The Day I Couldn’t Breathe

Almost two years ago, on March 7, 2019, I had only another minute to live. I was gasping for air, tying to inhale, and couldn’t.

My bronchial tube wouldn’t open.

A cold had become acute bronchitis. It was the second time in two years where I was coughing so hard, my sinuses were being pushed out through my eyes, so said the doctor.

I was taking expectorant, drinking lots of broth, chicken soup, water, and Gatorade. I had two humidifiers running, that were going through two gallons of water each day. Plus, I was taking Mucinex D, which was supposed to be drying my sinuses up, but it wasn’t working enough this time.

The problem was that my sinuses were draining during the night and the next morning I’d wake up and have a ten-minute coughing fit. This morning, though, there was no coughing.

That 7th day of March, I woke up and immediately couldn’t breathe. At all. And, I didn’t know why. My gaze went to the clock, watching the minute hand. I kept gasping for intake air but couldn’t make it happen.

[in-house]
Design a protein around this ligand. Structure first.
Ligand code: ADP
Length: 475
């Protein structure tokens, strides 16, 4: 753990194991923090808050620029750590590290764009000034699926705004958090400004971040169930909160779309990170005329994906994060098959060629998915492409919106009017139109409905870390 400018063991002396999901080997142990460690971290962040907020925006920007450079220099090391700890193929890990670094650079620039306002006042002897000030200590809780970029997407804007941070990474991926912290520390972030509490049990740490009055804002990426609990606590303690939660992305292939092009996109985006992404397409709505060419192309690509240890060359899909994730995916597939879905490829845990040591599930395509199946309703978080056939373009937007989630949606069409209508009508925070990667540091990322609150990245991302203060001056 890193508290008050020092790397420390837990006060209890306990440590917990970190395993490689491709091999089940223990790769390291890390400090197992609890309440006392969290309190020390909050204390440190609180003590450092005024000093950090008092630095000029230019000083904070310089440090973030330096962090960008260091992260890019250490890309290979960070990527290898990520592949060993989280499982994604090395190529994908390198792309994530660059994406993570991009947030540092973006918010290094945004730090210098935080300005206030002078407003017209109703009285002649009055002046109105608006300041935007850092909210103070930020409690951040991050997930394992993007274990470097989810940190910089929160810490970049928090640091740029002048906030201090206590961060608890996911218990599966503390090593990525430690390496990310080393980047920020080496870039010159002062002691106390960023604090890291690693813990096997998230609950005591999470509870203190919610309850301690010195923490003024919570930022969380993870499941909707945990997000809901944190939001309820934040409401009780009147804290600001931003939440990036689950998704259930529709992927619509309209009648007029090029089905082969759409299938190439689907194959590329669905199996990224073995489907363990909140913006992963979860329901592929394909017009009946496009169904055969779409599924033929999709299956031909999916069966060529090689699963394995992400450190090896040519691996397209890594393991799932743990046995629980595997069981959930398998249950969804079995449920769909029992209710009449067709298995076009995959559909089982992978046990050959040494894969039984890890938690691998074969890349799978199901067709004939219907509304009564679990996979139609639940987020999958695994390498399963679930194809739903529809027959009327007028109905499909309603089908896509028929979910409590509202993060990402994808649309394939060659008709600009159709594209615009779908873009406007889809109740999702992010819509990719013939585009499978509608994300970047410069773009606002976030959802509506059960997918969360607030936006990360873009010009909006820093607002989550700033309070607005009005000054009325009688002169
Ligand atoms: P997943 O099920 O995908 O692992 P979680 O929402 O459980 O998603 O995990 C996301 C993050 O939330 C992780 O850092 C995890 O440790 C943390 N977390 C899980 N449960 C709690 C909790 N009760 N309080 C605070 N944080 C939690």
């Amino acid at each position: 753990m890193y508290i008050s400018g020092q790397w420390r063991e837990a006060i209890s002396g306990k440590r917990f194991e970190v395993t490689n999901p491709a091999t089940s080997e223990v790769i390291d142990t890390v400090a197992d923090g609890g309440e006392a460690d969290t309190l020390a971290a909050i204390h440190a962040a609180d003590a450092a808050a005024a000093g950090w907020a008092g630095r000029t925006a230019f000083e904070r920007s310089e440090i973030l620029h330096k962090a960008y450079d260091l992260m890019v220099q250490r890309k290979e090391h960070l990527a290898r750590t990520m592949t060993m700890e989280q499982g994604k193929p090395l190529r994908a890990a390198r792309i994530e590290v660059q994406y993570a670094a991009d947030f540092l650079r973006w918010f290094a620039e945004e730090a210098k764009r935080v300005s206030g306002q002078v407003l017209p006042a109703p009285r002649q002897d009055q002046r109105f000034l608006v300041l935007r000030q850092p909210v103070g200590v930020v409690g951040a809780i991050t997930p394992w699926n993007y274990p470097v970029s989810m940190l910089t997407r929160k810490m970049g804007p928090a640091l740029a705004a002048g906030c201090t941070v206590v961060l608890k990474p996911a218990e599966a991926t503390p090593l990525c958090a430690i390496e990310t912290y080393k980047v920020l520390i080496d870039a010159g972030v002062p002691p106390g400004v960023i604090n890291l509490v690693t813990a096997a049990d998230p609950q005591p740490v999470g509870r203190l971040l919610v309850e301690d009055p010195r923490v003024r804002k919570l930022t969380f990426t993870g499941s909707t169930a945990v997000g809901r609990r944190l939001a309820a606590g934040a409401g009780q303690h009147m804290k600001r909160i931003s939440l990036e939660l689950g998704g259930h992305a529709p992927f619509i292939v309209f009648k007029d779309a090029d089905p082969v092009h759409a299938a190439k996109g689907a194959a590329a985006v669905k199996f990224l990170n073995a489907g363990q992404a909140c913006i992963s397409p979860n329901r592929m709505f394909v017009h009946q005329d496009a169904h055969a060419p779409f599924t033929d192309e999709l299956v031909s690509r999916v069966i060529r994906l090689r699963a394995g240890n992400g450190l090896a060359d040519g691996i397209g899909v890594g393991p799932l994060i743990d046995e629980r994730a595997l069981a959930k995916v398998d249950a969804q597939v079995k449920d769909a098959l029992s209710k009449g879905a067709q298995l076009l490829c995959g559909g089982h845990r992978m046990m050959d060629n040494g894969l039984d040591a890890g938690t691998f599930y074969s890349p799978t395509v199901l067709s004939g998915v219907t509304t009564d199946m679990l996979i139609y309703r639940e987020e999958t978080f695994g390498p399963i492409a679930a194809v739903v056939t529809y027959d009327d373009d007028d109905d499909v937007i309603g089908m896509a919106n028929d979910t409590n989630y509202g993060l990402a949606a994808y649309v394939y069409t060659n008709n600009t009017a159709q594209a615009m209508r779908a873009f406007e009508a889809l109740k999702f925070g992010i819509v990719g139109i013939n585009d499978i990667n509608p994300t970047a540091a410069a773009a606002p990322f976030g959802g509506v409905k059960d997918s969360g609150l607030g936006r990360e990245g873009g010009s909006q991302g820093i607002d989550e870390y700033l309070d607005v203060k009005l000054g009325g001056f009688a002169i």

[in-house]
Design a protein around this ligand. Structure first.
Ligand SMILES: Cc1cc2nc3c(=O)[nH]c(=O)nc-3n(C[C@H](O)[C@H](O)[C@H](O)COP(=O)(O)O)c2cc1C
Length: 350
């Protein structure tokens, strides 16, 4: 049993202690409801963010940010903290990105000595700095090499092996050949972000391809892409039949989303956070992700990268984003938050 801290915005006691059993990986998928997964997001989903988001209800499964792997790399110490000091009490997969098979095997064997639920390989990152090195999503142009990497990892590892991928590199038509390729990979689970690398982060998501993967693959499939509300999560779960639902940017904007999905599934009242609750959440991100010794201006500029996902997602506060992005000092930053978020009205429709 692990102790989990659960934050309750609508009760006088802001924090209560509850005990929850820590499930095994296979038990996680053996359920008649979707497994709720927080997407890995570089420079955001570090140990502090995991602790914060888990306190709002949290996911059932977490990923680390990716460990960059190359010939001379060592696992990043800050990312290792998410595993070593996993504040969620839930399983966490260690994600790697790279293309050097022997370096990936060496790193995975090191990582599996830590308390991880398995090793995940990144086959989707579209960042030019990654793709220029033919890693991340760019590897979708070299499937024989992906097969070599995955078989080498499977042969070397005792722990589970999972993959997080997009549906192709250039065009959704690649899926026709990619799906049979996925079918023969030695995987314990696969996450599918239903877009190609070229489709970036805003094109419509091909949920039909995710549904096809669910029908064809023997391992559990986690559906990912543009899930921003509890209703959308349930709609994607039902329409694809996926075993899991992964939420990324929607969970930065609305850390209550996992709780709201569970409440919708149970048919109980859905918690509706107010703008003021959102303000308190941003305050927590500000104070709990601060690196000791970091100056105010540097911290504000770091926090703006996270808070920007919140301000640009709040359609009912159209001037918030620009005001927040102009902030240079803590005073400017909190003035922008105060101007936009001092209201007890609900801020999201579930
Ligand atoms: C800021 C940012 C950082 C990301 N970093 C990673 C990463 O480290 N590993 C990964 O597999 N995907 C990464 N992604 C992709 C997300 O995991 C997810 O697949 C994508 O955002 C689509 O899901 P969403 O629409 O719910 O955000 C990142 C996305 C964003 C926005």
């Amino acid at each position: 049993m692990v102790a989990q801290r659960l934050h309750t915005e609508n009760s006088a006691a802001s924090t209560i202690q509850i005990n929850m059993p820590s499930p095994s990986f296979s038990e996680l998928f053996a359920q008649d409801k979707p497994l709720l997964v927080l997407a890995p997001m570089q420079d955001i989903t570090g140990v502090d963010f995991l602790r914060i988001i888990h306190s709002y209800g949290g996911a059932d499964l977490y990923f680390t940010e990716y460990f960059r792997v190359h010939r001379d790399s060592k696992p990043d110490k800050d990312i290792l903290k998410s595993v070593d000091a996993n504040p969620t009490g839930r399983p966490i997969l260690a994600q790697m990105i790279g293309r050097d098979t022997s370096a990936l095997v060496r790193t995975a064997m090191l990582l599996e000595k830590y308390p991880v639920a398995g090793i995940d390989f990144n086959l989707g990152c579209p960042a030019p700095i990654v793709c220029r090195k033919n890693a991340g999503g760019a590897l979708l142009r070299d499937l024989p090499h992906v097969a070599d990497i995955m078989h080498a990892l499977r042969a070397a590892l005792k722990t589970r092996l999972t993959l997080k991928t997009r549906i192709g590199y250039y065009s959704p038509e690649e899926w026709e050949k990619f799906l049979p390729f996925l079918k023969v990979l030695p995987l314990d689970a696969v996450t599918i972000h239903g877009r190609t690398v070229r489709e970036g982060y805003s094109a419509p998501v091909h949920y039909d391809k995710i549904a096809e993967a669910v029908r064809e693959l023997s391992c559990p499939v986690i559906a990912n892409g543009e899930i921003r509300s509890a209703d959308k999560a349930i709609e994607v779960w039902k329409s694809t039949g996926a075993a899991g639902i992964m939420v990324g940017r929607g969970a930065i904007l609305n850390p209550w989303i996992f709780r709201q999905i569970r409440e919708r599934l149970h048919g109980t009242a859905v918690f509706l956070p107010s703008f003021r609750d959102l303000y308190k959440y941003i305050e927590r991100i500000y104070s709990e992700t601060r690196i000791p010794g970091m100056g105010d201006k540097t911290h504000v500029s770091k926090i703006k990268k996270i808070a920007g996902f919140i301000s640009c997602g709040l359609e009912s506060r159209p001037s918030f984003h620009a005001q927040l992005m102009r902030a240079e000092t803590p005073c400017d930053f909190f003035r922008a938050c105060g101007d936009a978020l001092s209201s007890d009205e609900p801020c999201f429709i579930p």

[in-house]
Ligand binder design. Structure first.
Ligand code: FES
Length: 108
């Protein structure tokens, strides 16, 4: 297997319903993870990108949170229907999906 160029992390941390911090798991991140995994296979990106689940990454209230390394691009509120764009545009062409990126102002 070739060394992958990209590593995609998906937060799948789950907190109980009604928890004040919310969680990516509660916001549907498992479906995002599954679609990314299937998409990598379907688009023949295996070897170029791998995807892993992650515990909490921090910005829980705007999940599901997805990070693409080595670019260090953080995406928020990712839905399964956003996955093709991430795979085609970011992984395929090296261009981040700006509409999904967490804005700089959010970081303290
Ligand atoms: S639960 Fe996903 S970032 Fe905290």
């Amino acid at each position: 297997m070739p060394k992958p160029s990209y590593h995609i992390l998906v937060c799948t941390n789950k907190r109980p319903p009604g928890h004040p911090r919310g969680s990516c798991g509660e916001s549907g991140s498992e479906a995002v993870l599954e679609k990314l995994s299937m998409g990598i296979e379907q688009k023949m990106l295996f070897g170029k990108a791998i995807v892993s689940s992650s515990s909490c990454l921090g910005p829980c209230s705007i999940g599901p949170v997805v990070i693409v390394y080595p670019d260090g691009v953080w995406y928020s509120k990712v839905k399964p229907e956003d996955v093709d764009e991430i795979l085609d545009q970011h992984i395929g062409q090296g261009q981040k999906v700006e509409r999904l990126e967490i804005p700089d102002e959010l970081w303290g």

Nothing.

I started panicking. Thirty seconds has already passed. I lifted my arms straight up into the air, a trick my ex-mother-in-law used whenever she was coughing. It always worked for her.

Didn’t work. Now, sixty seconds had passed.

I had thirty seconds left, sixty at the most, if I was really lucky, but I’ve never been able to hold my breath longer than ninety seconds. Thirty. That’s all I had.

I start pounding my chest. I tried to cough hard. Bent-over, coughing harder than I ever had before.

Nothing.

I’m trying anything and everything I can think of, anything from all my first-aid training. Mind scrambling through the actions of TV doctors and EMT techniques.